“More matter, with less art!” – Hamlet
Alongside age-old questions about chickens, eggs, and roads, there is another conundrum that grinds on down the decades: is teaching an art or a science? It is possible to argue for art, since teachers have to exercise creativity and skills in engaging students’ interests, present information in new ways, and communicate the passion that they bring to the classroom – which in turn inspires and motivates children to learn the subject for themselves. On the other hand, there seems to be a scientific element to teaching, not only in the large body of scientific research that exists, but also in the careful, logical planning and analysis of lesson sequences and student work.
Much of modern education is firmly on the side of art. A large part of the teaching profession has very strong views about the importance of self-expression, autonomy, authority and power. A high value is placed on ‘student voice’, creating the democratic conditions in which people will feel valued because their views are heard, and limiting the teaching of moral codes to the requirements for learning to take place in institutional settings. Encouraging freedom of expression for students comes from the same underlying beliefs as the demand that teachers have autonomy and freedom of expression. Authenticity is all. If it feels right, do it. If the kids are happy, everyone will be happy. [These are not made up statements. They are things I have heard teachers say].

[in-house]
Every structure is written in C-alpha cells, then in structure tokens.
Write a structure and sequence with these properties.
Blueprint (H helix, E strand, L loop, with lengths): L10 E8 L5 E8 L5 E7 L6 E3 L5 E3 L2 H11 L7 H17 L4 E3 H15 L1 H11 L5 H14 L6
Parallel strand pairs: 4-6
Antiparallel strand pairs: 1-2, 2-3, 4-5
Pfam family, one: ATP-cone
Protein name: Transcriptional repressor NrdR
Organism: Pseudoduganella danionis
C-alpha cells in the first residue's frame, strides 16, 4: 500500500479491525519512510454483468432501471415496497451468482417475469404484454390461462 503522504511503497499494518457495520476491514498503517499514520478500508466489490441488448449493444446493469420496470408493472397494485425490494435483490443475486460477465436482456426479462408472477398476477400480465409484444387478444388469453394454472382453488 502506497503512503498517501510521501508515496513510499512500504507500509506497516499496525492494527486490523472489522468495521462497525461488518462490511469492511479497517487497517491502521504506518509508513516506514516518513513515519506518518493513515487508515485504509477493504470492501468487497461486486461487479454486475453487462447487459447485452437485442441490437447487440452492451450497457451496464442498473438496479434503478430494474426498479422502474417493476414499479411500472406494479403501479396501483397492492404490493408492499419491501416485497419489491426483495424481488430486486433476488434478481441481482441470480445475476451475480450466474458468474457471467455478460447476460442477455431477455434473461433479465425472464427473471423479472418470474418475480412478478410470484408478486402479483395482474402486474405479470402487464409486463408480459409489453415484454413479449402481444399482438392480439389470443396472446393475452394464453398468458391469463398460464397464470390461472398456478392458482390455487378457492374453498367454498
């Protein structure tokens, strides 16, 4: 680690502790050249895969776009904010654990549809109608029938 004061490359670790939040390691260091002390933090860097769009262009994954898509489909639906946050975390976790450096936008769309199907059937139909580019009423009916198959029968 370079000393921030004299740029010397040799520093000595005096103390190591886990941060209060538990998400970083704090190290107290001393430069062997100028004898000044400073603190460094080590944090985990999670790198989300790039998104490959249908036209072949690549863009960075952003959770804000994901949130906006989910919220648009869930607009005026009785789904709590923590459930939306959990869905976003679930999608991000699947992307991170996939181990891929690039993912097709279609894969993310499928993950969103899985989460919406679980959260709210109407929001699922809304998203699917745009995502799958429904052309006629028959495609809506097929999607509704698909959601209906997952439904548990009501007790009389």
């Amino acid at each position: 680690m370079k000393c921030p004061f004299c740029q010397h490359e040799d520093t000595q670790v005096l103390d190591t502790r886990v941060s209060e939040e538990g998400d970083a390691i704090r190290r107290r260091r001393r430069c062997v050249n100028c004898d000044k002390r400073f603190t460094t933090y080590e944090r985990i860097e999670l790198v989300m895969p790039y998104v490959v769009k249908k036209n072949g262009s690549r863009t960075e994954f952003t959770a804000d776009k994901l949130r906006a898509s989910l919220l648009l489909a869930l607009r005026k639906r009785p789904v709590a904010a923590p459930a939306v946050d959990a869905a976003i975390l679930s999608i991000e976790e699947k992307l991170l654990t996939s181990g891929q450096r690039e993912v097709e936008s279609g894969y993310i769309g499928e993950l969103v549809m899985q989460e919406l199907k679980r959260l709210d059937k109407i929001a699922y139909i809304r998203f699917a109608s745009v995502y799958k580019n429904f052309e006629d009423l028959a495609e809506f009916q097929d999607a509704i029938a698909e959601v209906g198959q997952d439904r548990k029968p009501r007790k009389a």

Raphael’s The School of Athens
It is arguable that there are advantages to such an approach, for example, that it creates a safe emotional environment; that it builds confidence and self-esteem; and that it develops the learner as whole person, so that he or she is fit to help bring about a more just, open and happy society. These noble goals are pursued through minimising hierarchy, creating ‘shared’ power structures and emphasising personal choice over conformity to group rules. In this scenario, the teacher is an artist-activist, freeing others through their passion, creativity and care for people.
However, the art proposition can also be self-defeating: while children from supportive, educated and prosperous homes may succeed in such an environment, those children for whom life circumstances are more difficult, and who are therefore more reliant on their schooling for educational and economic wellbeing, cannot achieve security, confidence and good grades without skilled teaching. In other words, advocates of education as a force for social justice will fail the students they claim to serve without a repertoire of teaching skills to achieve their ends.